US 3376058 A
Description (OCR text may contain errors)
April 2, 1968 E, J, HERBENAR 3,376,058
JOINT WITH oNTouRD PLUG cLosURE Filed July 2l, 1965 m, my
A TTOR NE YS United States Patent Office 3,376,058 JOINT WITH CONTOURED PLUG CLOSURE Edward J. Herbenar, Detroit, Mich., assignor to TRW Inc., Cleveland, Ohio, a corporation of hio Filed July 21, 1965, Ser. No. 473,763 4 Claims. (Ci. 287-90) ABSTRACT 0F THE DISCLOSURE A ball and socket joint having the socket closed by an inwardly bowed disk engaging a joint component with a spring force to maintain the joint components in proper bearing relation and to take-up wear developed in use of the joint. The inwardly bowed closure member may act directly on a seat for the ball stud or through an interposed spring to provide an added spring force for taking up wear and for maintaining the join-t components in properly seated engagement.
This invention relates to joint assemblies with socket closure devices serving an added function of a take-up spring for the joint components. Particularly, the invention deals with ball and socket joints where the socket is closed by a contoured disk accommodating wide varia` tions in stack-up height for the joint components in the socket and serving as a wear take-up spring either alone or in series with a conventional take-up spring.
The invention will hereinafter be described as embodied in a ball and socket joint suitable for tie rod ends of automotive steering linkages and the like, but it should be understood that the principles of this invention are generally applicable to assemblies having closure members serving a dual function of maintaining component parts in proper engagement and oriented relation.
According to the preferred embodiment of the invention, a ball and socket joint has the socket closed by a contoured disk adapted to "be deflected from its free state form to provide a spring effect on the joint stud either in series relation with a wear take-up spring or solely providing the spring effect on the stud. In one form the conventional wear take-up spring urges a retainer against the stud to maintain the stud head in proper ybearing engagement with its seating surfaces in the socket or housing. This wear takeup spring is bottomed on a convex closure disk which is spun into the open bottom of the housing and which can be deflected from .its free state convex shape to a more flattened shape which will tend to reclaim its free state spring.
The flattening of the convex closure disk also accommodates wide variations in stack-up heights for the joint components in the socket.
In another form of the invention the wear take-up spring is eliminated and the contoured closure disk acts directly on the retainer engaging the stud. In this arrangement the disk forms the sole wear take-up spring for the joint. The spring retainer or seat can Ibe provided with a relief area preventing the closure disk from ever attaining a flat neutral position thereby eliminatingthe possibility of reverse bowing of the disk to lose any spring take-up effect.
It is then an objectof this invention -to provide a wear take-up means for stacked components which serve a dual function of a wear take-up spring and closure member.
Another object of the invention is to provide a ball and socket type joint with a contoured socket closure disk serving an added function of a wear take-up spring.
A specific object of the invention is to provide a wear take-up type ball and socket joint with a convex closure and add spring effect to the wear take-up` 3,376,058 Patented Apr. 2, 1968 disk bottoming the wear take-up spring and deectable to add spring force to the wear take-up spring.
A still further specific object of this invention is to provide a ball and socket joint with a convex closure disk for the joint socket which acts directly on a spr-ing seat for the joint stud and provides wear take-up capacity for the joint.
A still further specic object of the invention is to provide a ball and socket joint with a spring seat having a relieved central portion bottomed on a convex closure disk which serves as a wear take-up spring and which is prevented from assuming a flat neutral position by the relief provided in the seat.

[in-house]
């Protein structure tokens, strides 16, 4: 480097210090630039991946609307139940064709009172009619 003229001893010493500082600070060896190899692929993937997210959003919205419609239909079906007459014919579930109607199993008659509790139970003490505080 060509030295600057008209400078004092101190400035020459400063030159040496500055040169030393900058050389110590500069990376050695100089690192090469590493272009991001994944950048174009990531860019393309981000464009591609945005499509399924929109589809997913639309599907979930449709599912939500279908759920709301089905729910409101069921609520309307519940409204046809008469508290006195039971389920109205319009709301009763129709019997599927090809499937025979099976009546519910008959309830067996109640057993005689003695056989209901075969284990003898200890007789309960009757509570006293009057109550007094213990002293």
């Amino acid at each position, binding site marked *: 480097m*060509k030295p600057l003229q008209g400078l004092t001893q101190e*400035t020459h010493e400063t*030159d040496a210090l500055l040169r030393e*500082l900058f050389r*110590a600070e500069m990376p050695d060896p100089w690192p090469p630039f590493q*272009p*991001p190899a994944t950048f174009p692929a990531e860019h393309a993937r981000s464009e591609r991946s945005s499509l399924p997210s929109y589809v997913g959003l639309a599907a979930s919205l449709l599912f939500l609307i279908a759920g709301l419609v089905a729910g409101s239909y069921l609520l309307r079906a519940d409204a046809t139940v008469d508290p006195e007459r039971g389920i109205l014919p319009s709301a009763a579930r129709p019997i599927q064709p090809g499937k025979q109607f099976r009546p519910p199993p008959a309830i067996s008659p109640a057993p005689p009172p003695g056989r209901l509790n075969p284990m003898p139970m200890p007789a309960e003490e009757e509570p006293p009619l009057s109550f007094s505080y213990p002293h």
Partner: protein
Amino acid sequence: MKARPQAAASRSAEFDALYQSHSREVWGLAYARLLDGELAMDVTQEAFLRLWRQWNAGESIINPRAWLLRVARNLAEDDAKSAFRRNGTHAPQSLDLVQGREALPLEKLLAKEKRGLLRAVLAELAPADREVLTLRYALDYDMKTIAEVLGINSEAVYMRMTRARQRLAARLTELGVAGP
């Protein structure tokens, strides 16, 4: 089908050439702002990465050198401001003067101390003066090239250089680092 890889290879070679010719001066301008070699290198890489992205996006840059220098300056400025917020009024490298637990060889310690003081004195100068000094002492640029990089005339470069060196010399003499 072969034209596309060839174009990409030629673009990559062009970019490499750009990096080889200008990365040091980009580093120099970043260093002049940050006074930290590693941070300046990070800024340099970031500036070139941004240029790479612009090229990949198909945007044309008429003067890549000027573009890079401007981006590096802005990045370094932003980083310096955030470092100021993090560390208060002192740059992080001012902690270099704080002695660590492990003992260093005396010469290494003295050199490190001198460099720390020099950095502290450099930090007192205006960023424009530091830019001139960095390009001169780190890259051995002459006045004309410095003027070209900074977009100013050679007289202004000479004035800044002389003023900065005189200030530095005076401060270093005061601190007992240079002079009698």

Other and further objects of the invention will be apparent to those skilled in lthis art from. the following detailed description of the annexed sheet of drawings which, by way of preferred examples illustrate several embodiments of the invention.
On lthe drawings:
FIGURE l is a fragmentary vertical cross sectional view, with parts in elevation, of the components of a ball and socket joint prior to closure of the joint socket.
FIGURE 2 is an isometric view of the convex closure disk for the socket of FIGURE 1.
FIGURE 3 is a fragmentary cross sectional view similar to FIGURE 2 lbut showing the closure disk secured in the socket and retaining a convex position.
FIGURE 4 is a View similar to FIGURE 3 but showing the closure disk in a attened condition.
FIGURE 5 is a cross sectional view of a contoured closure disk and spring seat for joints of this invention wherein the seat is relieved to receive the closure disk directly thereagainst. i
FIGURE 6 is a view similar to FIGURES 3 and 4 but showing the closure disk FIGURE 5 in the assembly.
As shown on the drawings:
In FIGURE 1 the reference numeral 10 designates generally a ball and socket joint assembly composed of an open-ended socket 11 with a laterally extending stem 12, a fragmental spherical bearing seat 13 in the socket, a stud 14 having a fragmental spherical head 15 seated in the seat 13 and a generally cylindrical stem 16 projecting from the head freely through an aperture 17 in the top of the socket 11. The head 15 has a centrally depending fragmental spherical button 18 extending therefrom and seated in a spring seat disk 19. The disk 19` has a central recess 20 receiving the bottom of the button 1S. A coil spring 21 acts on the spring seat 19 and the convex closure disk 22 of this invention is provided for bottoming the spring and for closing the open bottom of the socket.
The designation of the disk 22 as convex of course refers to the convex active face thereof which bottoms the spring 21. The opposite or outer face of the disk 22 is concave and, therefore, the full disk shape may be designated as convexo-concave.
The Socket 11 has a generally cylindrical bore 23 with a larger diameter counterbore 24 at the bottom end thereof providing a rim 25 terminating in an internal radial shoulder 26. The cylindrical bore extends to a fragmental spherical bearing wall 27 in the upper part of the socket which converges to the opening 17 in the topof the socket. The bearing member 13 has fragmental spherical inner and outer bearing walls respectively engaging the socket wall 27 and the stud head l5. The stud 14 rotates in the bearing 13 and tilts with the bearing on the housing wall 27.